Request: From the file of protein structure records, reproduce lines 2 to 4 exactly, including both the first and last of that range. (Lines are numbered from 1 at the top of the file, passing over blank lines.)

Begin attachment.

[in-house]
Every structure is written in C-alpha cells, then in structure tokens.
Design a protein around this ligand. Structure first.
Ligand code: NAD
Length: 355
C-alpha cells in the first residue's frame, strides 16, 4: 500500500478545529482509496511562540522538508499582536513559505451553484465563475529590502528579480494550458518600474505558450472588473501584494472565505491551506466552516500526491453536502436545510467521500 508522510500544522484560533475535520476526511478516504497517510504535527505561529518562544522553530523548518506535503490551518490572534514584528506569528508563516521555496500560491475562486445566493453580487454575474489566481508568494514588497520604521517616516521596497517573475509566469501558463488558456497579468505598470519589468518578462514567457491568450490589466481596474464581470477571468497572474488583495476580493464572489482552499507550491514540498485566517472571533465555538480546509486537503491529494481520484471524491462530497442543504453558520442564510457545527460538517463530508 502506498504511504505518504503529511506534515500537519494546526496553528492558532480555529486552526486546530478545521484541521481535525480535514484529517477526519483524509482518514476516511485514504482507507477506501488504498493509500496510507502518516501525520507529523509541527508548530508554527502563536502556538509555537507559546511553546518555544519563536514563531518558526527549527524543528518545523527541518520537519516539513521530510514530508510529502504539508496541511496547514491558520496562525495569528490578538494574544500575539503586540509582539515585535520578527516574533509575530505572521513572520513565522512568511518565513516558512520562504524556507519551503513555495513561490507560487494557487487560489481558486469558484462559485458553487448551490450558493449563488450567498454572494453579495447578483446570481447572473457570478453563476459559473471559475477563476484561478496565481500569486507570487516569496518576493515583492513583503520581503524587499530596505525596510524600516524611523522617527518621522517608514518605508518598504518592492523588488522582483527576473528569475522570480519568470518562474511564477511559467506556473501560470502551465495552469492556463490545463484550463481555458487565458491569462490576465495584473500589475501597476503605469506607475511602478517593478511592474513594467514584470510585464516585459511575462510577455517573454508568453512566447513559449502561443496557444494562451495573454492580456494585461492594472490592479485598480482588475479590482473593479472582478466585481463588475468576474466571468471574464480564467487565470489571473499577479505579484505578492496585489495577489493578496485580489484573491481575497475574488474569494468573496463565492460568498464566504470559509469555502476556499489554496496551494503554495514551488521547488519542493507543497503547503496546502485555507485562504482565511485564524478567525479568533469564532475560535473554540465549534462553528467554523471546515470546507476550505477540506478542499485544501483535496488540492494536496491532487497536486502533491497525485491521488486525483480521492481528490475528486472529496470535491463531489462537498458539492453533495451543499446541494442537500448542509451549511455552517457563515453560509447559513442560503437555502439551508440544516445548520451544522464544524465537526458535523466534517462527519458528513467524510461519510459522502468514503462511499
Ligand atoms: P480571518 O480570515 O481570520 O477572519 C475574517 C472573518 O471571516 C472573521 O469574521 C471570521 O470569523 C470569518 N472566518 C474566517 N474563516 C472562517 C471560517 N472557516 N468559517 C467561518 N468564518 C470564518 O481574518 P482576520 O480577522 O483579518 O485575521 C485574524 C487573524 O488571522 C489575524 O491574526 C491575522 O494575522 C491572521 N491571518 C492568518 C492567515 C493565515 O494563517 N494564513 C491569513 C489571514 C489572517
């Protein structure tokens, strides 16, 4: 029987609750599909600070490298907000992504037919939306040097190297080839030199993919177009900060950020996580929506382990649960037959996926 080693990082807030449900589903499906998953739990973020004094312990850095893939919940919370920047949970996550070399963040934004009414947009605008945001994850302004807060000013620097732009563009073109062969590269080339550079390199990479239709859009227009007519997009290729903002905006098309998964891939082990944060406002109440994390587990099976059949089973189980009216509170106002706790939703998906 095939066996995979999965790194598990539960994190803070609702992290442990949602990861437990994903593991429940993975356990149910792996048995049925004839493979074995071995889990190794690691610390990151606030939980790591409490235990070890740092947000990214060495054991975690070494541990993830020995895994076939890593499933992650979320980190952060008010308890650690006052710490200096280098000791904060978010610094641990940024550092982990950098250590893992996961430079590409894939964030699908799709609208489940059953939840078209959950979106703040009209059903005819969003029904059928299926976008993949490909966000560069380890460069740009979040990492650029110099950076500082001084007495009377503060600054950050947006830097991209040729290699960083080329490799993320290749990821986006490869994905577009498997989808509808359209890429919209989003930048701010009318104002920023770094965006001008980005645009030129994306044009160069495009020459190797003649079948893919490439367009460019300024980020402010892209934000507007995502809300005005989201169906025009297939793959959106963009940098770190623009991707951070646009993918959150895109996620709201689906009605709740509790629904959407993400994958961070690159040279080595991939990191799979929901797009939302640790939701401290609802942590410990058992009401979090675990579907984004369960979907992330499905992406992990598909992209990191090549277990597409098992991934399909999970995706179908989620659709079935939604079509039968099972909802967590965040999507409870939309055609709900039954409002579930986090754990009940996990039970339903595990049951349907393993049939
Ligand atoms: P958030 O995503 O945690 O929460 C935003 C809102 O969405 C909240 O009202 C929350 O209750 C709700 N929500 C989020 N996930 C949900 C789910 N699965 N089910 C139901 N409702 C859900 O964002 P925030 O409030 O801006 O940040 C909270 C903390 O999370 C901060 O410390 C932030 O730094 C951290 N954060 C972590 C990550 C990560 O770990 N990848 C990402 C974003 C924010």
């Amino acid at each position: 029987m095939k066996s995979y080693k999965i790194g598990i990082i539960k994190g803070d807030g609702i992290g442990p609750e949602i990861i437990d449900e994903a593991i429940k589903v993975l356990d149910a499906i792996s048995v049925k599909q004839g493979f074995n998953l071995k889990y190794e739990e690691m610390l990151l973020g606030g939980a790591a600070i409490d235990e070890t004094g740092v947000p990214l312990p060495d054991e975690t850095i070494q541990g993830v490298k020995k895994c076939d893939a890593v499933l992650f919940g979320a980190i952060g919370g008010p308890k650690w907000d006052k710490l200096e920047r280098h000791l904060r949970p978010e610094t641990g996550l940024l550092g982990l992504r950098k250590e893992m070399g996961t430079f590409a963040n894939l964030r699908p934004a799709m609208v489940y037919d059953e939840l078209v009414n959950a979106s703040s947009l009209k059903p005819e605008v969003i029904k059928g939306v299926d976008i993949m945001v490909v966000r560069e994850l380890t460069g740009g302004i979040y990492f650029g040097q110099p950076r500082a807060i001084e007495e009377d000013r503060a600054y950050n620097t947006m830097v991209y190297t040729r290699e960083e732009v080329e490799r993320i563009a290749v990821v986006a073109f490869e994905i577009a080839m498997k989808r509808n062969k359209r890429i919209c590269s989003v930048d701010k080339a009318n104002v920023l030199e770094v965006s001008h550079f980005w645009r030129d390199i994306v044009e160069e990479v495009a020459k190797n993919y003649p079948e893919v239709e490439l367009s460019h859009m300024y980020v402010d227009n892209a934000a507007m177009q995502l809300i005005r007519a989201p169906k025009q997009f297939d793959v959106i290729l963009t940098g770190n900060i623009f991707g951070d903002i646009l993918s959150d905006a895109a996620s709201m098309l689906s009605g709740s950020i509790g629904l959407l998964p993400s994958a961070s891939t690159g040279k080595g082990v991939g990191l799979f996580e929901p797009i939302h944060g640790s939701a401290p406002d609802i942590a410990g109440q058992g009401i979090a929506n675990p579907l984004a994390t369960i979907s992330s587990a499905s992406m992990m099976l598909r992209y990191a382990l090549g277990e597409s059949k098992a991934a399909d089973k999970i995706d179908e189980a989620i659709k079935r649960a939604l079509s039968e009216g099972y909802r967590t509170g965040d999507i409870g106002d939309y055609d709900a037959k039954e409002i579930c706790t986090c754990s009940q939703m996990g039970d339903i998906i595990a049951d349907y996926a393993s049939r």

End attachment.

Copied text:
Every structure is written in C-alpha cells, then in structure tokens.
Design a protein around this ligand. Structure first.
Ligand code: NAD